Musharraf to push for his re-election
Pakistani President Pervez Musahrraf has said he would go ahead with plans to be "re-elected" by the present assemblies next month.world Updated: Aug 07, 2007 17:25 IST
Pakistani President Pervez Musahrraf has said he would go ahead with plans to be "re-elected" by the present assemblies next month and any talks on whether he should continue as Chief of Army could be held after the general elections.
Addressing legislators of the ruling Pakistan Muslim League-Q (PML-Q) and allies in Karachi on Monday, Musharraf said he would be re-elected by the existing assemblies holding the dual posts and talks on the uniform issue could be held after the general elections, The News quoted Presidential spokesman Maj-Gen (retd) Rashid Qureshi as saying.
Musharraf also virtually ruled out the return of former prime ministers Nawaz Sharif and Benazir Bhutto from exile, telling PML-Q legislators that there was no future for those leaders who were living abroad, Dawn newspaper reported.
Musharraf also confirmed his recent meeting with Bhutto in Abu Dhabi, which he maintained were inconclusive. "Talks are part of politics. Nothing definitive has been decided in this connection. Before taking any decision, you all will be taken into confidence. My success is your success," he reportedly said.
Musharraf asked the legislators not to get confused by the ongoing propaganda aimed at creating doubts about the forthcoming presidential and general elections. "The general elections will be held as per schedule and no one should have any doubt about that," he said.
He also reportedly referred to a clause in the constitution that the National Assembly and the Assemblies of the four provinces cannot be dissolved if the presidential election is due.
Apparently referring to criticism by opposition parties that he cannot get re-elected twice by the same assemblies, Musharraf defended his plans saying it was a constitutional requirement that the presidential election be held one month before the end of his five-year term ending in November, so the election would be held between September 15 and October 15.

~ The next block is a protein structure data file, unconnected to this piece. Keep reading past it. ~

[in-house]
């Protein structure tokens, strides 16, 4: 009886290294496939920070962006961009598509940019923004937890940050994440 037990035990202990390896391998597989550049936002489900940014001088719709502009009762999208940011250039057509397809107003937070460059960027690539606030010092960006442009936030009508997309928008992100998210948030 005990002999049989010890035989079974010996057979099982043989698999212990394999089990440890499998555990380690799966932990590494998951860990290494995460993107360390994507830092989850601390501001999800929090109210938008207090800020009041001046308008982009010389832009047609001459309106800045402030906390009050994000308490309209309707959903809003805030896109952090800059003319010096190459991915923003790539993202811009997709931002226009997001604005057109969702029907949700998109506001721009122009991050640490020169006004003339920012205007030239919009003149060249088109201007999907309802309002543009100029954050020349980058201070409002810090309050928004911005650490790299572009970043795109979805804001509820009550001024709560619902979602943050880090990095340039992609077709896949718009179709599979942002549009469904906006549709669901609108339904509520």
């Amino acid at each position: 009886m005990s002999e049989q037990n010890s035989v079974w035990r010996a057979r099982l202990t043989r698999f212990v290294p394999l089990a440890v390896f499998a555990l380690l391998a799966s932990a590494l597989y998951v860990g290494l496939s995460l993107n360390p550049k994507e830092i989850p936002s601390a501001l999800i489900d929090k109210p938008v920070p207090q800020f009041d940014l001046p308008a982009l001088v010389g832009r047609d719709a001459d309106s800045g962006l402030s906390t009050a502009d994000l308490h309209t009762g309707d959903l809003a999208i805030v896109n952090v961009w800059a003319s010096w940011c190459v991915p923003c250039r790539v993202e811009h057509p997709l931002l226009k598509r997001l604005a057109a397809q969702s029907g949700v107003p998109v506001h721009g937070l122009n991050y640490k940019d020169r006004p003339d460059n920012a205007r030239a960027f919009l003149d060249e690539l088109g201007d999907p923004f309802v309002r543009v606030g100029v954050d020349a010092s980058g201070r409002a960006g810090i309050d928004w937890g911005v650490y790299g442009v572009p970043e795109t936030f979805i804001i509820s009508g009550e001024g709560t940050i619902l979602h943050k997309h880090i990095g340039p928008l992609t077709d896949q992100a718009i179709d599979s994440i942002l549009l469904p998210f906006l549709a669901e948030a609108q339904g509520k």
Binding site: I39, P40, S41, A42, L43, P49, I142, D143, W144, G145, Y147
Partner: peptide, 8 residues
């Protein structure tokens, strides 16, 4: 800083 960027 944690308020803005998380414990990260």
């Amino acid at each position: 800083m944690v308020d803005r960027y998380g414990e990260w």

Some reports quoted him as saying that the presidential poll would be held on September 15.
Provincial Minister Muhammad Ali Malkani, who attended the meeting, said Musharraf has taken a stand that the Constitution did not bar him from contesting the presidential election for a second term.He also expressed confidence that he would not face any problems from the Supreme Court, which was expected to be flooded with petition challenging his re-election. "The president said that the Supreme Court could also not restrain him from re-election as president as the present chief justice had also signed the apex court's previous judgement in his favour," district Nazim Thatta, Shafqat Shirazi was quoted by Daily Times as saying.
One legislator who was present in the meeting said Musharraf, who in some previous meetings appeared "shaky," was "confident" this time. "He appeared to be very confident this time. It seems if he has got a solid assurance from Benazir Bhutto vis-a-vis presidential election," he said.
Meanwhile, newly appointed Attorney General, retired Justice Malik Qayyum said Musharraf could be re-elected as president in uniform from the present assemblies for another five-year term and there was no constitutional or legal hindrance in this.
"I think there is no constitutional or legal hindrance which could obstruct the re-election of the president in uniform from the present legislature," Daily Times quoted Qayyum as saying.
The legal opinion of the principal law officer of the government on the issue of the president's re-election from the present assemblies was openly expressed for the first time.
Qayyum's predecessor, Makhdoom Ali Khan always parried questions on Musharraf's re-election. To a question whether the government can withdraw the corruption cases against Bhutto as part of a reported deal between her and Musharraf, Qayyum said that cases against Bhutto could be withdrawn if the prosecution took back the cases.
Qayyum, who adjudicated on cases relating to Bhutto earlier, quit as judge of Lahore High Court after the Supreme Court termed his judgement against the PPP leader as biased.